Extinctions of Mammoth Proportions

Scientists are considering the relationship of extinctions between woolly mammoths and human groups. That may seem like a waste of time at first glance, but the genetic research has provided some interesting results regarding inbreeding (or interbreeding, definition 2). This is especially significant in isolated populations.

Interesting news on wooly mammoth DNA, their extinction, and how it relates to ancient human populations.

It seems that even though there were many woolly mammoths roaming the Northern Hemisphere, they mysteriously became extinct. After examining their DNA (no, don't be expecting cloned mammoths at the zoo), comparisons were made with human populations. Inbreeding is bad for offspring that may survive.

"But Cowboy Bob, that's how the earth was populations back with Adam and Eve, then Noah and his family!"

This is important, so let's take a ride on this here side trail for a spell.

Biblical creationists believe that the Bible is true from the very first verse and also the part where God declared that everything was very good (Gen. 1:31). That includes genes, cells, and what have you. Such breeding was necessary, even after the Genesis Flood (post-Flood population genetics is far beyond the scope of this post, but you can learn about that here). Eventually, God prohibited incest in Leviticus 18:6-18, presumably because of the state of genetic entropy. Inbreeding in the British and other royal families has led to disastrous results.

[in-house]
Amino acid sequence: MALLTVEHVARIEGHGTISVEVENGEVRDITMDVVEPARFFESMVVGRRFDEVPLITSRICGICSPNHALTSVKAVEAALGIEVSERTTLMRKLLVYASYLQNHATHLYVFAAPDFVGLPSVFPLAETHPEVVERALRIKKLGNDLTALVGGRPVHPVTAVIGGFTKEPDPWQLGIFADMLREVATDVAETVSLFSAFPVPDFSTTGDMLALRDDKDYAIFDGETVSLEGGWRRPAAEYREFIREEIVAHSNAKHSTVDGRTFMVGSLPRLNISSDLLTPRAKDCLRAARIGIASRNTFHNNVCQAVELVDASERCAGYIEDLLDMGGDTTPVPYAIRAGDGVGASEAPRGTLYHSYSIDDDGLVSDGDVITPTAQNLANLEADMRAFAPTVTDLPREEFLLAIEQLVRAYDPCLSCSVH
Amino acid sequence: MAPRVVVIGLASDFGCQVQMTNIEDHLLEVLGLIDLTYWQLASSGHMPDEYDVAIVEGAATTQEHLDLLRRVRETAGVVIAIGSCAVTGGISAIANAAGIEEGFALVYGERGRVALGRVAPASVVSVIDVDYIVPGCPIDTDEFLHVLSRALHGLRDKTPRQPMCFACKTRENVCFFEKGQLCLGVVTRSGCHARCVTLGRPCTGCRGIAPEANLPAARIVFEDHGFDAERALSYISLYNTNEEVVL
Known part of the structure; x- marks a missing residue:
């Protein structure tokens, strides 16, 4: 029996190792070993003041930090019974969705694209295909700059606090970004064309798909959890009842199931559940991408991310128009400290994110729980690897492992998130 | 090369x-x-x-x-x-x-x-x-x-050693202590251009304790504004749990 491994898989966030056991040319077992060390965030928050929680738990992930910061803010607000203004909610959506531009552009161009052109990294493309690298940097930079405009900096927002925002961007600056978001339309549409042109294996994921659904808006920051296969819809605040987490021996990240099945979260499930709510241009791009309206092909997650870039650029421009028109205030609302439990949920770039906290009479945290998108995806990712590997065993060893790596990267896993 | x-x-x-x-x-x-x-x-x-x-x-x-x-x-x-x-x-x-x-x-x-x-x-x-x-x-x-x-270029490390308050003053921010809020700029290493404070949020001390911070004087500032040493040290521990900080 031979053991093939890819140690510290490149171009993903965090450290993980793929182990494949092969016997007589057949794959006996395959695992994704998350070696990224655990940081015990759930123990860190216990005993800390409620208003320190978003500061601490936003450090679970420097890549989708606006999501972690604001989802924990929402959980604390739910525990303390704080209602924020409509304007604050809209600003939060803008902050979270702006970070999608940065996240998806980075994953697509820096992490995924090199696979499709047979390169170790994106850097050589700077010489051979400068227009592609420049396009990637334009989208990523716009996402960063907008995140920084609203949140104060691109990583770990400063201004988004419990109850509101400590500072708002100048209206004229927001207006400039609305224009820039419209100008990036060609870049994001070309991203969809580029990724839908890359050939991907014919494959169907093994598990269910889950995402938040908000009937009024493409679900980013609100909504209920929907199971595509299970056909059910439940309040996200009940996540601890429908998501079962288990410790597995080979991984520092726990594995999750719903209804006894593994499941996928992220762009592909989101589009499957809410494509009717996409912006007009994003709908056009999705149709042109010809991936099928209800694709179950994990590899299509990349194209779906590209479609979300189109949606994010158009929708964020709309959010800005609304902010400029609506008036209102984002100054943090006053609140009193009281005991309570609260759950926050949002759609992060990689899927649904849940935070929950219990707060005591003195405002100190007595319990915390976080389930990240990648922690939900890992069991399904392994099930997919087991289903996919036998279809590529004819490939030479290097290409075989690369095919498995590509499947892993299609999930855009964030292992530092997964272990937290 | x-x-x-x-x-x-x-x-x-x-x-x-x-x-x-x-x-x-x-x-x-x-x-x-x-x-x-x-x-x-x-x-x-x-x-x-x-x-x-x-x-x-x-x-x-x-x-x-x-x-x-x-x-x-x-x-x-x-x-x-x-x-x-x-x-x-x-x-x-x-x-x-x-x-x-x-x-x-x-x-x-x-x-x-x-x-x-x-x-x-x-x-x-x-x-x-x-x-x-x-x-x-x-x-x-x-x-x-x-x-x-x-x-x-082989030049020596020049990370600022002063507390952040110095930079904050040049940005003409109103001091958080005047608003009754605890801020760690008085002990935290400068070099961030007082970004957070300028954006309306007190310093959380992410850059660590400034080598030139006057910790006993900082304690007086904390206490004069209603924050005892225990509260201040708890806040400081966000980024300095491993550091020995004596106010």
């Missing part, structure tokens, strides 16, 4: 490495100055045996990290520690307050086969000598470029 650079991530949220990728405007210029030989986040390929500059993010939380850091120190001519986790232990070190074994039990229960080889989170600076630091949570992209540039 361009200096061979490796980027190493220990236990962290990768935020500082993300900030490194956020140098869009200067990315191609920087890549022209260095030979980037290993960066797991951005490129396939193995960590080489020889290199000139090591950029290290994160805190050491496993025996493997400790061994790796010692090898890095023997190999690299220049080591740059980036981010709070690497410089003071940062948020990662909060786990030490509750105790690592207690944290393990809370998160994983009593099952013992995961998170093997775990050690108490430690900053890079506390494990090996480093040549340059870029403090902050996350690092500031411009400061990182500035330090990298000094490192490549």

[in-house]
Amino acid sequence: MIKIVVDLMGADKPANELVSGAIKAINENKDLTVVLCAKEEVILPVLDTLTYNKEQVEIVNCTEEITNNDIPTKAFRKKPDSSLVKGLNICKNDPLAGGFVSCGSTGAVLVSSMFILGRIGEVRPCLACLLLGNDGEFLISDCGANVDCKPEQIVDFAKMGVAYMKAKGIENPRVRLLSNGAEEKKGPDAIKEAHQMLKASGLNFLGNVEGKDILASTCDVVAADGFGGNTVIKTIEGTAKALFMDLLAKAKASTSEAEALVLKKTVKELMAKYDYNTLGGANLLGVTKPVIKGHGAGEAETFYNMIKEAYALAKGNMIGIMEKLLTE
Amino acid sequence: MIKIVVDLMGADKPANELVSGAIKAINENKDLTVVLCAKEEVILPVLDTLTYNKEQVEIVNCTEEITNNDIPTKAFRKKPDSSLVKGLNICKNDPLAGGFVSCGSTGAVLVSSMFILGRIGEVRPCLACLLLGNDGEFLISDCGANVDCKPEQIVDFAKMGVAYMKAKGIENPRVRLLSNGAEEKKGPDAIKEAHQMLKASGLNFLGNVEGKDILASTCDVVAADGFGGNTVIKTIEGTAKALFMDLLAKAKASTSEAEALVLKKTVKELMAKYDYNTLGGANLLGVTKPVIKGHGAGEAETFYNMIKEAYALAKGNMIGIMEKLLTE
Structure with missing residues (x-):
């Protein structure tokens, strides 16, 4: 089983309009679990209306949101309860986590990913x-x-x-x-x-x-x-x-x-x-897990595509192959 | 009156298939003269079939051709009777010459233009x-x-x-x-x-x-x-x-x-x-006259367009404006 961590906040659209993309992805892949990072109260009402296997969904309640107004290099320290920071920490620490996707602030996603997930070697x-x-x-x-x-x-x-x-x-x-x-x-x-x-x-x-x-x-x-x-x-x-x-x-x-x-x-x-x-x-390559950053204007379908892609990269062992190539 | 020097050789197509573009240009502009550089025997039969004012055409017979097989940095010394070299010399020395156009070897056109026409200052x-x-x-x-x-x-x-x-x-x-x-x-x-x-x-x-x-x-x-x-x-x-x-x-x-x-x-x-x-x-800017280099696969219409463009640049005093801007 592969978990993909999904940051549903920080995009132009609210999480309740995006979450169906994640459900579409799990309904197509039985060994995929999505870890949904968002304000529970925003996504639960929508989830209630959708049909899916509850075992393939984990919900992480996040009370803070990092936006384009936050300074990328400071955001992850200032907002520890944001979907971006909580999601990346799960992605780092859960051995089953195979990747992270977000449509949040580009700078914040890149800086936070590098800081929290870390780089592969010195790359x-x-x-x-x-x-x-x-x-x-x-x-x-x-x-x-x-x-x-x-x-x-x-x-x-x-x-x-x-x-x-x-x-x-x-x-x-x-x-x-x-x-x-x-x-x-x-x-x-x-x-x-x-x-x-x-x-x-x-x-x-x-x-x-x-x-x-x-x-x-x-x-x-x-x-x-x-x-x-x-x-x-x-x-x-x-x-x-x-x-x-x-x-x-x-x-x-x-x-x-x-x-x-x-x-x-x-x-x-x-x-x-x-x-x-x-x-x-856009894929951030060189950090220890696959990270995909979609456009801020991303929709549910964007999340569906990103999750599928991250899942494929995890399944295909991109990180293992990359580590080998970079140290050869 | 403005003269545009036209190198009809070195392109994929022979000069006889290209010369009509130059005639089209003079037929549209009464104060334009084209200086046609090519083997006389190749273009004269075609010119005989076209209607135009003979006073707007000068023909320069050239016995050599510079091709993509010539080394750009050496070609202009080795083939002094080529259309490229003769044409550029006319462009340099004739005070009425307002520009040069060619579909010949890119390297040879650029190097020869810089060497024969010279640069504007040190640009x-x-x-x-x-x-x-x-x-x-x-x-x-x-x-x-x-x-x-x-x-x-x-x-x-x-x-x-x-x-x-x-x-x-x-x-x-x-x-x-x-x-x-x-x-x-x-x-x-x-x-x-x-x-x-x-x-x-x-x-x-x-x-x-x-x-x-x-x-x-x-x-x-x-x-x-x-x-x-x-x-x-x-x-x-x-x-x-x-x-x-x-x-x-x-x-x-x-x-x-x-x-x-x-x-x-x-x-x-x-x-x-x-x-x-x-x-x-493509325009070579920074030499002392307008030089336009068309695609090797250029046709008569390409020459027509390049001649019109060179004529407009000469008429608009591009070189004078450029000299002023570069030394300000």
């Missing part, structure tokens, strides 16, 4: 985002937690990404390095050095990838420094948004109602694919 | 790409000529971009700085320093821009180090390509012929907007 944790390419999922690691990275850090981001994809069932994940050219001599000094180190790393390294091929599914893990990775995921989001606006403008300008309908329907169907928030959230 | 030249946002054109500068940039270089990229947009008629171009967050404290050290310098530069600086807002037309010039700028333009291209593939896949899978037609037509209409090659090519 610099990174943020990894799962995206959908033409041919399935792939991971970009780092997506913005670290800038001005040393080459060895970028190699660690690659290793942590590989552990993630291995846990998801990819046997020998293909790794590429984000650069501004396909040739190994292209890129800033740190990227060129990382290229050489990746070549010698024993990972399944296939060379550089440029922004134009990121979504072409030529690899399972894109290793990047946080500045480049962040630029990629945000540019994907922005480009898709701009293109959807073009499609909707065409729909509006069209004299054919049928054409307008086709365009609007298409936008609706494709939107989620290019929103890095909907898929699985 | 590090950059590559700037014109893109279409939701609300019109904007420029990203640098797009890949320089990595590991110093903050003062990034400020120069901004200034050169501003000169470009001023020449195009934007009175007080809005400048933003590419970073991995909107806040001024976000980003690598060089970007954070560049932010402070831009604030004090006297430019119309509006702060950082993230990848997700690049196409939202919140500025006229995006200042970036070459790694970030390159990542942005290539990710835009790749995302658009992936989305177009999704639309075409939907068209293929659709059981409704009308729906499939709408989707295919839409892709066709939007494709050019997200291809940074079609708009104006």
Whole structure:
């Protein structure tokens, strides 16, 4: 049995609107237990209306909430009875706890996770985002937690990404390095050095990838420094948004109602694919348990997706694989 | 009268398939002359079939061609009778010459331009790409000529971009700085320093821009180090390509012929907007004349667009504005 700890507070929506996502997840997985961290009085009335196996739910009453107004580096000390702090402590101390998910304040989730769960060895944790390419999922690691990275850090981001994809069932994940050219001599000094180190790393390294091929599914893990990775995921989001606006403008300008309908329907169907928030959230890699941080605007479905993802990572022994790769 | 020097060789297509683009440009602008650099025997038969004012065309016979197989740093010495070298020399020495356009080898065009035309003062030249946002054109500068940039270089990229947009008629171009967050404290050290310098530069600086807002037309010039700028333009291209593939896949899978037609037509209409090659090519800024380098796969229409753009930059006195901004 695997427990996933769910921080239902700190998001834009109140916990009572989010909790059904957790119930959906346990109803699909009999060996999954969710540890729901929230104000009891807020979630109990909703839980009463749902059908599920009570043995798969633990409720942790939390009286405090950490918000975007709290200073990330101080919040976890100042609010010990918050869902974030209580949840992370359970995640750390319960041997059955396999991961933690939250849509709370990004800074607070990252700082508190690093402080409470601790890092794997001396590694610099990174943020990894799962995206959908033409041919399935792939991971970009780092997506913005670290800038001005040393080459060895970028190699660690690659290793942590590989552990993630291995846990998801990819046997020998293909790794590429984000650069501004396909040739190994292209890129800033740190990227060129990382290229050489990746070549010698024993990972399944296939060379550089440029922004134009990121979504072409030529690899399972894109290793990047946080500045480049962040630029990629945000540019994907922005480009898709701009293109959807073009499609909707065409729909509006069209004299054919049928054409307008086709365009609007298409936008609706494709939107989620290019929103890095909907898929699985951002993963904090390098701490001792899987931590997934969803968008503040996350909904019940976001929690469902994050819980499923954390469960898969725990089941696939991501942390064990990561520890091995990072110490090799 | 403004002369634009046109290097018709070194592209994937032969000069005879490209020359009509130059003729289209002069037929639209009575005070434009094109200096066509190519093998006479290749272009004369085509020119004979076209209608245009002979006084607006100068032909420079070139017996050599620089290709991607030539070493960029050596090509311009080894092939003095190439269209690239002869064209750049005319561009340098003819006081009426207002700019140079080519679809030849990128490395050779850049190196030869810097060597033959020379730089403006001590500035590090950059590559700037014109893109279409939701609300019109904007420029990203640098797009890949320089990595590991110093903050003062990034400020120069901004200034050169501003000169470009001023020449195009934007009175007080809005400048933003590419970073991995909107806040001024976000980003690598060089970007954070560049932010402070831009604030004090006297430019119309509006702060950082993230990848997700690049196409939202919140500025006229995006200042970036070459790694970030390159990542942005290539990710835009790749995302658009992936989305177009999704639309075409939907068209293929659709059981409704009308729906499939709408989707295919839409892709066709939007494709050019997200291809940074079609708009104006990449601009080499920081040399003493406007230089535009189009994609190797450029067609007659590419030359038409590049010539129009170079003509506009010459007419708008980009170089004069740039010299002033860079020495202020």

Critics of the Bible and especially of biblical creation science ignore those essential aspects of creation models for the purposes of ridicule. Interesting that they clam up about Albert Einstein and Charles Darwin marrying their first cousins. The Einsteins had no children, and the Darwin breeding was less than successful. 

Now we're back to the main road.

It appears that mammoth populations became isolated, and genetic studies show the results of inbreeding. The research can likely be applied to other animals and to humans, so we can rule out global warming and the Wuhan Virus.
Wooly mammoths once roamed North America, northern Europe, and Siberia. Possibly the last of their kind perished as a dwindling population on Wrangel Island, northeast of Siberia. Who wouldn’t wonder why wooly mammoths no longer roam our planet? The process of gathering clues to their extinction can evoke the same feelings found in good mystery novels. New research into ancient DNA gives another solid clue toward two old culprit theories of demise that may apply to people as well as to mammoths.
For centuries, ice sheets during the Ice Age held sea level to around 250 feet lower than it is today. Back then, you could walk to the land we now call Wrangel Island. It was a high point along a land strip that connected Siberia to northern Alaska. Ice melted, sea levels rose, and the mammoths got stranded, possibly for millennia. Can genes from frozen mammoth DNA, along with clues from geography, help solve the mystery of their ultimate demise?
You can finish reading this very interesting article by clicking on "Mammoth Extinction and Extinct Peoples". Also of interest is a lecture by Dr. Robert Carter, "Ancient DNA and the Bible".

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